Young completes community service

By May, as long as Philadelphia Phillies outfielder Delmon Young remains on good behavior, his name will be cleared.

Young, 27, was charged with a hate crime last April after he shouted an anti-semitic slur while intoxicated, according to the New York City Police Department.

He pleaded guilty to aggravated harassment and as part of the plea, agreed to serve 10 days of community service in New York and spend a day at the Museum of Tolerance in Los Angeles.

Young fulfilled both of those obligations in January, according to his agent, Joel Wolfe, performing his community service as soon as he was medically cleared to stop using crutches following micro-fracture surgery on his right ankle.

Wolfe said that barring further incident, Young’s original hate-crime charge will be “vacated” — expunged from his record — at his next hearing at Manhattan Criminal Court on May 13. The charge to which Young pleaded guilty — aggravated harassment — is not a crime.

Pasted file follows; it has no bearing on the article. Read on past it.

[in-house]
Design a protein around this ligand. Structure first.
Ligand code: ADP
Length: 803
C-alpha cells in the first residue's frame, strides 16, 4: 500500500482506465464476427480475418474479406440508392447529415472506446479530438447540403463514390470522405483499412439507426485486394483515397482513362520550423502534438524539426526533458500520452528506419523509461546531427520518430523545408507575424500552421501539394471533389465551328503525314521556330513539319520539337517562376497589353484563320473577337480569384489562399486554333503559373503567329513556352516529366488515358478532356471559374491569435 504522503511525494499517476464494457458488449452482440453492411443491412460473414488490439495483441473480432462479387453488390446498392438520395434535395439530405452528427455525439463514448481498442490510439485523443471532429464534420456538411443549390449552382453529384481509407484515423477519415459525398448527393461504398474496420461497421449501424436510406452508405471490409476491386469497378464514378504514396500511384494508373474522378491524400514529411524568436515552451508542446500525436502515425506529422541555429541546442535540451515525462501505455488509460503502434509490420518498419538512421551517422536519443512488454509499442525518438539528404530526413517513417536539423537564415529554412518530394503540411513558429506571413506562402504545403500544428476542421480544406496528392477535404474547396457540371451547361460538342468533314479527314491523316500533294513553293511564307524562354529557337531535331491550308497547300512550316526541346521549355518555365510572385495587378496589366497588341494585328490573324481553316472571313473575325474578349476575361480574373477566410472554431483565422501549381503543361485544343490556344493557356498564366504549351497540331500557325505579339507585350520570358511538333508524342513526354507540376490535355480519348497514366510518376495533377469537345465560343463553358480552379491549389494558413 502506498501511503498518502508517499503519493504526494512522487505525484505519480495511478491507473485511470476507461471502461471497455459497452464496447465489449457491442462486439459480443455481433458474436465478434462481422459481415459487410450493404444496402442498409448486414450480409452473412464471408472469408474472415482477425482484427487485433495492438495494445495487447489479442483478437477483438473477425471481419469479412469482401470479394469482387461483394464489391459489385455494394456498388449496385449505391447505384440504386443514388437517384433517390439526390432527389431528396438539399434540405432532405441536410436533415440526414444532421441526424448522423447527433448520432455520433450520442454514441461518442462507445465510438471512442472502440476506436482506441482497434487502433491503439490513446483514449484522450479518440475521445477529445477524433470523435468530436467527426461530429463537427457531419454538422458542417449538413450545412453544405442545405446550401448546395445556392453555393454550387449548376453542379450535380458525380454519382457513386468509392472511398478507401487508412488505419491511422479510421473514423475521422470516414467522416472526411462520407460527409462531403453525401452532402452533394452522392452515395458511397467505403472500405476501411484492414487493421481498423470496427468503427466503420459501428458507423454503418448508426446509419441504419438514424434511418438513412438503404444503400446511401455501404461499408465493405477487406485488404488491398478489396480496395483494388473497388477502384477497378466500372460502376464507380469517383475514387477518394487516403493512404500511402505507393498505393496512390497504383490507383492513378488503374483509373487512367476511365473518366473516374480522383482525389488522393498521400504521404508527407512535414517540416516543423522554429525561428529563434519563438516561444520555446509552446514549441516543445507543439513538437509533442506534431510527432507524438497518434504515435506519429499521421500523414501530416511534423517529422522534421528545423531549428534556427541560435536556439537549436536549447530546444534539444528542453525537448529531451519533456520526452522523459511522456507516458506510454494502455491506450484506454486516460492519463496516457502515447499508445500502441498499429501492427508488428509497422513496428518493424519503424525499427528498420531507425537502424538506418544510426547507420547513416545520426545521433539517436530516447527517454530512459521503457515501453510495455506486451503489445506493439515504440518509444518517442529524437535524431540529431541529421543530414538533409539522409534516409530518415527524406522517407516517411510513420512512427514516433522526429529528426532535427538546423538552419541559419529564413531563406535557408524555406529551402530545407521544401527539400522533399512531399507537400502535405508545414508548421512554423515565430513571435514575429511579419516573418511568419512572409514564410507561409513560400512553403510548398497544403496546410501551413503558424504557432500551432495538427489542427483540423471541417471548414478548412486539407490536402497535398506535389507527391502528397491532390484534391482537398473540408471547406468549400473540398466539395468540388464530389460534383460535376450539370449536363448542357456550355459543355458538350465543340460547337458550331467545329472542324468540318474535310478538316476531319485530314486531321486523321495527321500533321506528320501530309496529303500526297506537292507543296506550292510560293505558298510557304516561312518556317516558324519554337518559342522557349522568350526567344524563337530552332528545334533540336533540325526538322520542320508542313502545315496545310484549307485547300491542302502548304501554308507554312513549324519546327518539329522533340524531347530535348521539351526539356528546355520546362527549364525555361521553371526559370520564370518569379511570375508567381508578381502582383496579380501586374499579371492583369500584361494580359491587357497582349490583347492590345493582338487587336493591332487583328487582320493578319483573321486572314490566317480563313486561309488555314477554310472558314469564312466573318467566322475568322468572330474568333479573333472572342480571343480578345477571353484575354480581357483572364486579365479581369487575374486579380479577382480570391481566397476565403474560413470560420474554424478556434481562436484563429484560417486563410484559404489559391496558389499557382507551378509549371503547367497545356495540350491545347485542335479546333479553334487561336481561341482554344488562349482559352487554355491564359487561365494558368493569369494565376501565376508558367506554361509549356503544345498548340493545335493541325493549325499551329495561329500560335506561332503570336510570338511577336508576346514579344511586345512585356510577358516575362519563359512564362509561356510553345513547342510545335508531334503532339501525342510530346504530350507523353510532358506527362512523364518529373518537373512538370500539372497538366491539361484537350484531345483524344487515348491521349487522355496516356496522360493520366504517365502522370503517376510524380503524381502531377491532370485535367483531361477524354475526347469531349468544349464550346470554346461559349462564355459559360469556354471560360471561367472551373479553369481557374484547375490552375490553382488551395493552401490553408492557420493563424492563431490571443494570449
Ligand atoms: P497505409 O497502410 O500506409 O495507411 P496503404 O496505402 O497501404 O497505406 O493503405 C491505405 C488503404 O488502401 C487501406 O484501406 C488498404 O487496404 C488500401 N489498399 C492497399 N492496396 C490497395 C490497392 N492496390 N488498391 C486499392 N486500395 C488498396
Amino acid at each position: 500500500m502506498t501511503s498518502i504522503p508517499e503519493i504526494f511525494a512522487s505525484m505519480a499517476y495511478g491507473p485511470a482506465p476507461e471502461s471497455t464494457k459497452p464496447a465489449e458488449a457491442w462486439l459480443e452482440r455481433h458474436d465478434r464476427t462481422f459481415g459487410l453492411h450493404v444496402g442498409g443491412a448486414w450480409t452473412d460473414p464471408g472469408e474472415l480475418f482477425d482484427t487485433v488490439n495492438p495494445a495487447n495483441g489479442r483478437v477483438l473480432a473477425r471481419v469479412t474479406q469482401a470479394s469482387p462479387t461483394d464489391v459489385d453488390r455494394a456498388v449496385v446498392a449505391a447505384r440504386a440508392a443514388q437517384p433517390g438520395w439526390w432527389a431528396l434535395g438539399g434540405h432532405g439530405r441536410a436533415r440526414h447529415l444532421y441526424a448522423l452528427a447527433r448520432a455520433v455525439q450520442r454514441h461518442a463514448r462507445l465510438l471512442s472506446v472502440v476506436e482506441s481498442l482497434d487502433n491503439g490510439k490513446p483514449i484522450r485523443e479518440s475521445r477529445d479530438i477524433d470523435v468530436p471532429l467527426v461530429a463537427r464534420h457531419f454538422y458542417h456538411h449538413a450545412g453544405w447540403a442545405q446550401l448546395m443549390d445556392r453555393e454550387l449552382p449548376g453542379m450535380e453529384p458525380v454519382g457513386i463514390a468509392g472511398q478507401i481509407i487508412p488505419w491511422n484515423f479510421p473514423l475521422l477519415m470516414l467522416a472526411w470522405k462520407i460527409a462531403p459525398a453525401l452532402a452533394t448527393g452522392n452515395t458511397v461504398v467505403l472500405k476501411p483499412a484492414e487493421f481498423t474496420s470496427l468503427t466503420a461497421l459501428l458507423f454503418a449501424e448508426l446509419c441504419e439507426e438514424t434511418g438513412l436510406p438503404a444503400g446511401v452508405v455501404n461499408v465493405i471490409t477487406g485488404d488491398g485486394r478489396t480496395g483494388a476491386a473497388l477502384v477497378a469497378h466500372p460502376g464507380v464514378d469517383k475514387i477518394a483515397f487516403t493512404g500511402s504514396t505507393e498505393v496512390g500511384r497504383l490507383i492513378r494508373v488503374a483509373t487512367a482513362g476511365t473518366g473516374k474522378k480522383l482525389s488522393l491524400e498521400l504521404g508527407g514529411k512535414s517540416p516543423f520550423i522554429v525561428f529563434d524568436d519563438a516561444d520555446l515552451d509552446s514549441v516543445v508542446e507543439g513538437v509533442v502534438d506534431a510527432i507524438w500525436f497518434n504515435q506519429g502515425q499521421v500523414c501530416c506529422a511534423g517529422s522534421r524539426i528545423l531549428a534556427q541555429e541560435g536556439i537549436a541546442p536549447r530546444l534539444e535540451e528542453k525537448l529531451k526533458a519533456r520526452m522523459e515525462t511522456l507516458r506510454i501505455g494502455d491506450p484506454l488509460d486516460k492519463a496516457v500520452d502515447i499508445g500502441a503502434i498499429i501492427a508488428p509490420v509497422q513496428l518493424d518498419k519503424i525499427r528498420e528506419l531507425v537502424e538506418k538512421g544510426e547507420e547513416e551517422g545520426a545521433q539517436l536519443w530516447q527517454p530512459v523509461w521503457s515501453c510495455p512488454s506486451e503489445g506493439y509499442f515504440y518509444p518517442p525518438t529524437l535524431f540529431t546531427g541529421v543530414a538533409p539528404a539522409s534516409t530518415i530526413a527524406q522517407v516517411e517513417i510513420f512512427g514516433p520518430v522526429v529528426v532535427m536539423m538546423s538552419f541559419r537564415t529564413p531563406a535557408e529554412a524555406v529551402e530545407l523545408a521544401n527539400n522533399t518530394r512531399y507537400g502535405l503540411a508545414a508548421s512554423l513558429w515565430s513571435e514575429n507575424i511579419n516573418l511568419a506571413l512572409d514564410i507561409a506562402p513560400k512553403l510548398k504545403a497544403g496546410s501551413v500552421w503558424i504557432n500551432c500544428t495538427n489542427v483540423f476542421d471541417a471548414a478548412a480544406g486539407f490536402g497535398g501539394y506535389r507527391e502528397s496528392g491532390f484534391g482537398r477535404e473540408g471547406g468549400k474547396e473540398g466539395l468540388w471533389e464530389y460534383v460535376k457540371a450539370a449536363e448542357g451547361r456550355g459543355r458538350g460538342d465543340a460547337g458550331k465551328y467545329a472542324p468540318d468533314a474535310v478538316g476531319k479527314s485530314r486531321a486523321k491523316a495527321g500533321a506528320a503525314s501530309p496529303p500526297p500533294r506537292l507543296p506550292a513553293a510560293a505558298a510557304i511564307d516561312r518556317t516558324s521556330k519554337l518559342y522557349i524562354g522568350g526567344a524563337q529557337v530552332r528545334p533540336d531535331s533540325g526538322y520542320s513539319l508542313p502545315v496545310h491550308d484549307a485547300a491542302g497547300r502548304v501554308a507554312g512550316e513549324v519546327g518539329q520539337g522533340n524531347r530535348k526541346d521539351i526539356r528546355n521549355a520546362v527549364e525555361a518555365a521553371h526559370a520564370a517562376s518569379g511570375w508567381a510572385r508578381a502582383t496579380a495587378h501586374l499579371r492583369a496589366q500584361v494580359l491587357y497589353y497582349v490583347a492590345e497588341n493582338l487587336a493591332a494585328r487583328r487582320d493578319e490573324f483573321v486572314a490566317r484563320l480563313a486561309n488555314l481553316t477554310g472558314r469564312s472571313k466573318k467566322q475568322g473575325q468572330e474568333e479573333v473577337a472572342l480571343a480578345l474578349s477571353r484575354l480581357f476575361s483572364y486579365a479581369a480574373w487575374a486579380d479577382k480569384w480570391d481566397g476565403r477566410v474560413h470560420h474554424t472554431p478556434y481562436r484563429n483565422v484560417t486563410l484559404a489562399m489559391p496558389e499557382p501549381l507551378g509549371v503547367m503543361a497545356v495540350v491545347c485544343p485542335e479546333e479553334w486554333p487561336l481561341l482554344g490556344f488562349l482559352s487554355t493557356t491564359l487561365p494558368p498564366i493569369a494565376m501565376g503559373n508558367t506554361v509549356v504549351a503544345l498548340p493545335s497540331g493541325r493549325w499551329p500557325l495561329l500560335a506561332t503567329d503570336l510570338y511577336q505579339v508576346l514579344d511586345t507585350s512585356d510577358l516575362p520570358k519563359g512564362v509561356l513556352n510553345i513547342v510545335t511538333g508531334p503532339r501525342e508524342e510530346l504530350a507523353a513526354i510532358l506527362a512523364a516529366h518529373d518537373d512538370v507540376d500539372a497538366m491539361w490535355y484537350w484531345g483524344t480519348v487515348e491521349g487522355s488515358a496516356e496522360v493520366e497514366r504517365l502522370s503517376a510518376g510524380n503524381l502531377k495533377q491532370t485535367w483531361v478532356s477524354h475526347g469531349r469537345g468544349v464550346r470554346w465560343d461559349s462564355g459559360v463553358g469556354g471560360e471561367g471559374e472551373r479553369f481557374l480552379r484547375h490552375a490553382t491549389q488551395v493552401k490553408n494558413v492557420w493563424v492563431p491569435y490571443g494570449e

Young’s community service, Wolfe said, consisted of cleaning parks in Manhattan — sweeping leaves, picking up trash, etc. At the Museum of Tolerance, Young spent time with both the director and a Holocaust survivor.

“The entire experience changed his life,” Wolfe said.

Young signed a one-year, $750,000 free-agent contract with the Phillies on Jan. 22. He took batting practice with his teammates for the first time since his surgery on Wednesday. The Phillies expect him to become their right fielder in mid-to-late April.

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